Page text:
Bob Short did not move the team because of the indifference of the fans or the ineptitude on the field. Well, the last part of that sentence is correct, but Short both intentionally and through his own ineptitude created that team on the field. Their ineptitude was his invention and most have come to believe he intentionally tried to drive attendance down in the last year two years he was in DC to justify the move. Attendance was up when to his surprise, the team posted a winning record in its first year under Ted Williams.

    Short spent so little on the team that he did not even pay a General Manager and his only knowledgeable baseball person in the organization, manager Ted Williams, was ignored on trades and personnel moves that might have improved it. Short bought and sold players purely for profit, not to field a competitive team. Rather he brought in players like Denny McClain and paid an outrageous price in talent to do so. Likewise he brought in Curt Flood and even Ted Williams as manager, not because he believed them capable, but for the publicity.

    The malfeasance of Bob Short would take a book to detail. I tried and captured some of it, but not all of it. The anger of the fans in Washington was legitimate. They were fans who deserved a real baseball team and were cheated out of it. First by Calvin Griffith when he moved the old Senators/Nationals to Minnesota because he did not have the money to rebuild either the old stadium or the team. His racist views of the city did not help and he nursed a grudge against the city for failing to agree to build a new stadium in the white suburbs. He may have helped convince Bob Short to buy the team–both men lived in Minneapolis in 1968–but he most certainly served as the primary American League owner working to convince the reluctant ownership group that Washington was not a fit place for baseball.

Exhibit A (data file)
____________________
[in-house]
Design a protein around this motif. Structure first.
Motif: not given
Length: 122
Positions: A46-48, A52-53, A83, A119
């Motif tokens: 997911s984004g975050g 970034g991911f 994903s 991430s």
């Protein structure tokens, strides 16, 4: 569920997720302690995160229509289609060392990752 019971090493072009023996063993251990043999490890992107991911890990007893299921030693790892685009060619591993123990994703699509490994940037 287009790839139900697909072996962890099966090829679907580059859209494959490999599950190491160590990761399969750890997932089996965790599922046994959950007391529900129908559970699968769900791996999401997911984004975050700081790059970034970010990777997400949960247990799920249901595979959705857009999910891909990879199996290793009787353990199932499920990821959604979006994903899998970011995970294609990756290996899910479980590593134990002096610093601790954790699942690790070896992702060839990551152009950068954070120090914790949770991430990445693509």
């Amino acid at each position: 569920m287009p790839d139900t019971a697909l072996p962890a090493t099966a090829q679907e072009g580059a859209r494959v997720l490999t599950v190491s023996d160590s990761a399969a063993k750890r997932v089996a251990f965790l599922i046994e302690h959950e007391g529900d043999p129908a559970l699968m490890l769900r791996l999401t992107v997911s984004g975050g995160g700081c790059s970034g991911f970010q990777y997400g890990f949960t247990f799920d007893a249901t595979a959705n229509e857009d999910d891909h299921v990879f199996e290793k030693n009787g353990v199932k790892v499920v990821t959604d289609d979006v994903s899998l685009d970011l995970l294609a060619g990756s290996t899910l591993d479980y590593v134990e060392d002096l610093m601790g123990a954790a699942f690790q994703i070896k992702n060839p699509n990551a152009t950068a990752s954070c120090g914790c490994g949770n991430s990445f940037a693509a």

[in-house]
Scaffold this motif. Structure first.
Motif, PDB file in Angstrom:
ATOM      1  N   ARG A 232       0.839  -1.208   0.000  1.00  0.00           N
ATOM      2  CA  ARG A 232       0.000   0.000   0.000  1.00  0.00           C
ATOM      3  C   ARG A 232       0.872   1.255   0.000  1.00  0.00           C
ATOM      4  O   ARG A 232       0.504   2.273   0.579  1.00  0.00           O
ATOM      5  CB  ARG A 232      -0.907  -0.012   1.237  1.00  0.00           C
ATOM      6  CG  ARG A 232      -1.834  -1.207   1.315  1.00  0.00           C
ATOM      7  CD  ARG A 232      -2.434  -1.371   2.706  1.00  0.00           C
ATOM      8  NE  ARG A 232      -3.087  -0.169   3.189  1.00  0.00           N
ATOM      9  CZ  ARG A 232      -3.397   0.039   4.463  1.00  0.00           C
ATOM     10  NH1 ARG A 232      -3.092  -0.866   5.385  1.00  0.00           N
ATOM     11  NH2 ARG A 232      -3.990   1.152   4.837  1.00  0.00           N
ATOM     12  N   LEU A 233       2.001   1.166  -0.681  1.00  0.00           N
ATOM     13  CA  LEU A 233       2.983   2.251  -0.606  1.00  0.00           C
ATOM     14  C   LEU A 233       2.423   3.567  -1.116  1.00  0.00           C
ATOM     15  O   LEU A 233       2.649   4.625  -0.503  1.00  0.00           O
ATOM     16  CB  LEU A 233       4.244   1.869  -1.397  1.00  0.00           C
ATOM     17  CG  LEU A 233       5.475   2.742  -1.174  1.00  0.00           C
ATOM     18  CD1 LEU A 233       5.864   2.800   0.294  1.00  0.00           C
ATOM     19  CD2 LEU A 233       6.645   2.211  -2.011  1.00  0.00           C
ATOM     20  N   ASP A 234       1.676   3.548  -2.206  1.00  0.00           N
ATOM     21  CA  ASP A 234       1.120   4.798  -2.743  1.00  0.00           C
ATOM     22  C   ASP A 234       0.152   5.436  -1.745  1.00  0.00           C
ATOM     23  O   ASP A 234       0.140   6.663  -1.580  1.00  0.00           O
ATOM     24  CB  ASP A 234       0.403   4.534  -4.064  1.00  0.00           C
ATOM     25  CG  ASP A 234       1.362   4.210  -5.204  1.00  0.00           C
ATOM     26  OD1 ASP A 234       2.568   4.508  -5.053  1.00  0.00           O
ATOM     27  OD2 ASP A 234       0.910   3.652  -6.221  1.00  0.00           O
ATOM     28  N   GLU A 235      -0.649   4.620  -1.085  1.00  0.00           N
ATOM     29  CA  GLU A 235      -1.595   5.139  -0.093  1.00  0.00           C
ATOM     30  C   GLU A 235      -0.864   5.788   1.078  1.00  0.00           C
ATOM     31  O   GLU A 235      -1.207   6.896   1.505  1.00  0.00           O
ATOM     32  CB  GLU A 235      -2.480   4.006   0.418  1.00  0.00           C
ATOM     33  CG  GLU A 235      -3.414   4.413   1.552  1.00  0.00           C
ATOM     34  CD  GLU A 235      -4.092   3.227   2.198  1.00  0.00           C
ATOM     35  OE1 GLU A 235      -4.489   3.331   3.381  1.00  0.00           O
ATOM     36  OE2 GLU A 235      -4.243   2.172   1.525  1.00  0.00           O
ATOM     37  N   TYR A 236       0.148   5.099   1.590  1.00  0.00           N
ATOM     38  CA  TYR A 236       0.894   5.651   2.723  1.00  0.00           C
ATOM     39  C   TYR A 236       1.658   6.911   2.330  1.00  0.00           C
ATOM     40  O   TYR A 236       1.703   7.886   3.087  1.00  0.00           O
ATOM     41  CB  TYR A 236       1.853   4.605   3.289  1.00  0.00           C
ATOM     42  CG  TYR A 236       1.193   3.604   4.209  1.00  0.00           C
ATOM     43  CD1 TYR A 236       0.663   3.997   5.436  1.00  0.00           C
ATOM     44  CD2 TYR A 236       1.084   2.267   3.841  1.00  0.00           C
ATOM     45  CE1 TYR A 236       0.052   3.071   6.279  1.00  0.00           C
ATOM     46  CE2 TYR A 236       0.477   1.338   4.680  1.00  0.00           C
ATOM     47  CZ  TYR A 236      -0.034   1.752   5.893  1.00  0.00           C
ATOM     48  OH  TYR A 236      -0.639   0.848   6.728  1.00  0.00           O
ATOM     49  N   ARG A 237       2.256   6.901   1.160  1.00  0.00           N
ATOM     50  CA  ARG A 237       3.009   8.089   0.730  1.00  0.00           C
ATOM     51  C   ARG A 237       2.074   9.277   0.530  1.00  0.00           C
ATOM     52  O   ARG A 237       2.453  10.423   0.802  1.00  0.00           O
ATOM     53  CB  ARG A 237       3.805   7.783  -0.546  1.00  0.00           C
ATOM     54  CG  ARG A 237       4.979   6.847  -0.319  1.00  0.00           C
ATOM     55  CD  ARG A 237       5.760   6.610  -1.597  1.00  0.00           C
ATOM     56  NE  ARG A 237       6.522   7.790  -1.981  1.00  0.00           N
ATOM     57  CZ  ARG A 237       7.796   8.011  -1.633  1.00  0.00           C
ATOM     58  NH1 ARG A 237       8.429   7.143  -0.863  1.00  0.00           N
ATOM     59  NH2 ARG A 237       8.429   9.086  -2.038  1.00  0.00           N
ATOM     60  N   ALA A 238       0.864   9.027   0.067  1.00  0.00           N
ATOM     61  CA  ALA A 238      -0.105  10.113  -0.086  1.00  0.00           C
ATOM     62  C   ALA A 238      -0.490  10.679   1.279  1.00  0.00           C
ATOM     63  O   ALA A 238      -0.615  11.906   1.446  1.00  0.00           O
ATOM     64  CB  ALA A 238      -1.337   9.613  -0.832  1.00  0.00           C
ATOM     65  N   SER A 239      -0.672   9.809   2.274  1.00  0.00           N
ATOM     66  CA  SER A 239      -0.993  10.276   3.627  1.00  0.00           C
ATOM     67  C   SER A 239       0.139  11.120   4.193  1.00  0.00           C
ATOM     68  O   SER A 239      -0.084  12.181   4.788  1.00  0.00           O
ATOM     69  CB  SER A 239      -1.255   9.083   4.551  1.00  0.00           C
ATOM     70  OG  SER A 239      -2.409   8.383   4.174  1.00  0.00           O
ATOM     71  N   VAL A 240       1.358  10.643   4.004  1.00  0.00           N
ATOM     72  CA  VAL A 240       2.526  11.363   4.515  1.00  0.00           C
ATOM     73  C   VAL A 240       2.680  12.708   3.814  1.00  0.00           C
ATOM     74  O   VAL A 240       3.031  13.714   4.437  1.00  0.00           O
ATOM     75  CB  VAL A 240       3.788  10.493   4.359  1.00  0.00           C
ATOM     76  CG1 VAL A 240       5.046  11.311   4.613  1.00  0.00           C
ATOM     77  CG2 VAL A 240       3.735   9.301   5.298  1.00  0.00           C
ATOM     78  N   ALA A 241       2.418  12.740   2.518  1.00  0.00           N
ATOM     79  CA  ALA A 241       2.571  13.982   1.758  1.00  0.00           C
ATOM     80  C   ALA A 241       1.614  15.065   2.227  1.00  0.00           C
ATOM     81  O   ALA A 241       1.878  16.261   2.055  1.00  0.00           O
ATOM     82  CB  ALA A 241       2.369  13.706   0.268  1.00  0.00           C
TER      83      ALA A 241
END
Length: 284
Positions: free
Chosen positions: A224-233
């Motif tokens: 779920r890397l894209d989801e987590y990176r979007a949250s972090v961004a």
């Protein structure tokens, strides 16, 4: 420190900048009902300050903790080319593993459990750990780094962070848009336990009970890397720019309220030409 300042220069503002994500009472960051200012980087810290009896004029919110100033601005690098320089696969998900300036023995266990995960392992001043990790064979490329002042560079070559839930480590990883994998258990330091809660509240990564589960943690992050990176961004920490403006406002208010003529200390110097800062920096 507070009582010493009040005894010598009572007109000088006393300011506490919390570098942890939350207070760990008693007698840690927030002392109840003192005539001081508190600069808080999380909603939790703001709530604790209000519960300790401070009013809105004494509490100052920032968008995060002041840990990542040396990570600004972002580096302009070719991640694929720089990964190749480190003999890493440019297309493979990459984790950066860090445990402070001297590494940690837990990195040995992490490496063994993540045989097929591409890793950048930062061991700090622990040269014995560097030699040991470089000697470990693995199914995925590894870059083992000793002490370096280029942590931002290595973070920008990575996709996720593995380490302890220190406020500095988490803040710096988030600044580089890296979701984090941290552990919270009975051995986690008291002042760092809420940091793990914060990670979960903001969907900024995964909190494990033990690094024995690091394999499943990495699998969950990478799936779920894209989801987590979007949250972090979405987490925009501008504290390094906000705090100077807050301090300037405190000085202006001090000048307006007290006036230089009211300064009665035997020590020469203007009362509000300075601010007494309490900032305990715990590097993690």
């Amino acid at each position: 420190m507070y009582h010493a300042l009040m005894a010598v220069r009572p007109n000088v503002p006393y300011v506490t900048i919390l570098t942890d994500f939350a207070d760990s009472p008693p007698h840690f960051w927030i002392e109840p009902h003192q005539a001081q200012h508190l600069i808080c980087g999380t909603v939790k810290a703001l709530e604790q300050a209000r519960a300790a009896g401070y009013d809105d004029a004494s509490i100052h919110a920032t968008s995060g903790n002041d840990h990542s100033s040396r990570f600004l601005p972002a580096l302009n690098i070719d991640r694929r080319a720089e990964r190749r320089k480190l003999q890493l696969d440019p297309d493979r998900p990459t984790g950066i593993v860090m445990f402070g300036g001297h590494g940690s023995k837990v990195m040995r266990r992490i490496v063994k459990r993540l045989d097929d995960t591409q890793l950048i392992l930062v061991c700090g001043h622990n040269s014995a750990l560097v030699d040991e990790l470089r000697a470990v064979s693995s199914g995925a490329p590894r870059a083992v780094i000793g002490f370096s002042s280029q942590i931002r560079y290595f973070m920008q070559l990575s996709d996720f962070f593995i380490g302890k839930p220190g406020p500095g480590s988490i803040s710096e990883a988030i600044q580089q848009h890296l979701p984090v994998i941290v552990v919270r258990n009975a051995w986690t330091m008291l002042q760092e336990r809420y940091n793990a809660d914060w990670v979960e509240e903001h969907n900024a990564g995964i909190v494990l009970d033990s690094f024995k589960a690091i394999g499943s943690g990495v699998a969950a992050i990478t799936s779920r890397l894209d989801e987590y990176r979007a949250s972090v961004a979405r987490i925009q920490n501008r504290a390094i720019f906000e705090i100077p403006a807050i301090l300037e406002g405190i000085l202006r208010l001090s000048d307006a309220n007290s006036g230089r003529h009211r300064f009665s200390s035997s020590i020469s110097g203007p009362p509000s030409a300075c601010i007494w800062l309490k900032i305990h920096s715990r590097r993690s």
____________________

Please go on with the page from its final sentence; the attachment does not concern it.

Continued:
Short bought the Washington Senators in December of 1968 with the avowed purpose of moving them. It was a calculated business move, exactly as he had done with the Minneapolis Lakers. Buy the team cheap, take cash from the target city to move them, and then sell the team for an inflated price after the move. I asked Clark Griffith, III about his father’s role in the move and he confirmed much of what I have articulated above. Washington fans have been maligned long enough. They deserve a truthful representation. Again, I mean no disrespect for your article, but the fans of Washington should not be blamed when they are the victims of the mercenary actions of the owners.

  2. Justin Murphy says:

    @Ted Leavengood – Ted, I mostly agree with your assessment and did not mean to give Short a free pass. It just wasn’t the focus of the article – I wanted to write about the last game itself and just included the rest by way of context. Perhaps more of the Short context was necessary.

  3. david kidwell says:

    I was 11 years old I was at the game, sitting on the 3rd base side close to the dugout. I’m trying to find the game on video to buy. Could you please help me find it? Thanks